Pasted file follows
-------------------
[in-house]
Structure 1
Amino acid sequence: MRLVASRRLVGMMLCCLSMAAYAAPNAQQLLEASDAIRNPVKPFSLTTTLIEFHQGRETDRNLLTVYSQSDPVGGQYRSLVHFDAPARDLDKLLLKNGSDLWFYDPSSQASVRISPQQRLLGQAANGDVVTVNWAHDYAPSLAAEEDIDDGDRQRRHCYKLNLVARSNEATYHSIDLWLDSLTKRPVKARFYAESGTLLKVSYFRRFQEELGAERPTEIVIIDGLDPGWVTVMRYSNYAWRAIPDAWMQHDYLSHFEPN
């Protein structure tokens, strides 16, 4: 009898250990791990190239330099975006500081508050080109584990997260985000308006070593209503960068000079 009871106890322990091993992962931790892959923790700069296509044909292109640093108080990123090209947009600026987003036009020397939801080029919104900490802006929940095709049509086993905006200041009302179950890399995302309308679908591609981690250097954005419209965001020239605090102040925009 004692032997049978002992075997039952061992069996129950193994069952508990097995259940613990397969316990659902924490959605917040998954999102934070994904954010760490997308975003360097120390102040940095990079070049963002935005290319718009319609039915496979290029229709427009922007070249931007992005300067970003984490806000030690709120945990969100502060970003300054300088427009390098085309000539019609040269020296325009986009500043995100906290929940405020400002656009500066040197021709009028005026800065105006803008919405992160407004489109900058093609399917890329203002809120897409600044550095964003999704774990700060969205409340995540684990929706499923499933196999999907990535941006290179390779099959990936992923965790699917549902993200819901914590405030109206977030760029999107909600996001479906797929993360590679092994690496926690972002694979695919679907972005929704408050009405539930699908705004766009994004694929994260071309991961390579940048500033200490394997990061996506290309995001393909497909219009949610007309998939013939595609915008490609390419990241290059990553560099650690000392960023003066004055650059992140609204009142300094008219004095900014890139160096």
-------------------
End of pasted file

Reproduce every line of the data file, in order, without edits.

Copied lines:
[in-house]
Structure 1
Amino acid sequence: MRLVASRRLVGMMLCCLSMAAYAAPNAQQLLEASDAIRNPVKPFSLTTTLIEFHQGRETDRNLLTVYSQSDPVGGQYRSLVHFDAPARDLDKLLLKNGSDLWFYDPSSQASVRISPQQRLLGQAANGDVVTVNWAHDYAPSLAAEEDIDDGDRQRRHCYKLNLVARSNEATYHSIDLWLDSLTKRPVKARFYAESGTLLKVSYFRRFQEELGAERPTEIVIIDGLDPGWVTVMRYSNYAWRAIPDAWMQHDYLSHFEPN
């Protein structure tokens, strides 16, 4: 009898250990791990190239330099975006500081508050080109584990997260985000308006070593209503960068000079 009871106890322990091993992962931790892959923790700069296509044909292109640093108080990123090209947009600026987003036009020397939801080029919104900490802006929940095709049509086993905006200041009302179950890399995302309308679908591609981690250097954005419209965001020239605090102040925009 004692032997049978002992075997039952061992069996129950193994069952508990097995259940613990397969316990659902924490959605917040998954999102934070994904954010760490997308975003360097120390102040940095990079070049963002935005290319718009319609039915496979290029229709427009922007070249931007992005300067970003984490806000030690709120945990969100502060970003300054300088427009390098085309000539019609040269020296325009986009500043995100906290929940405020400002656009500066040197021709009028005026800065105006803008919405992160407004489109900058093609399917890329203002809120897409600044550095964003999704774990700060969205409340995540684990929706499923499933196999999907990535941006290179390779099959990936992923965790699917549902993200819901914590405030109206977030760029999107909600996001479906797929993360590679092994690496926690972002694979695919679907972005929704408050009405539930699908705004766009994004694929994260071309991961390579940048500033200490394997990061996506290309995001393909497909219009949610007309998939013939595609915008490609390419990241290059990553560099650690000392960023003066004055650059992140609204009142300094008219004095900014890139160096």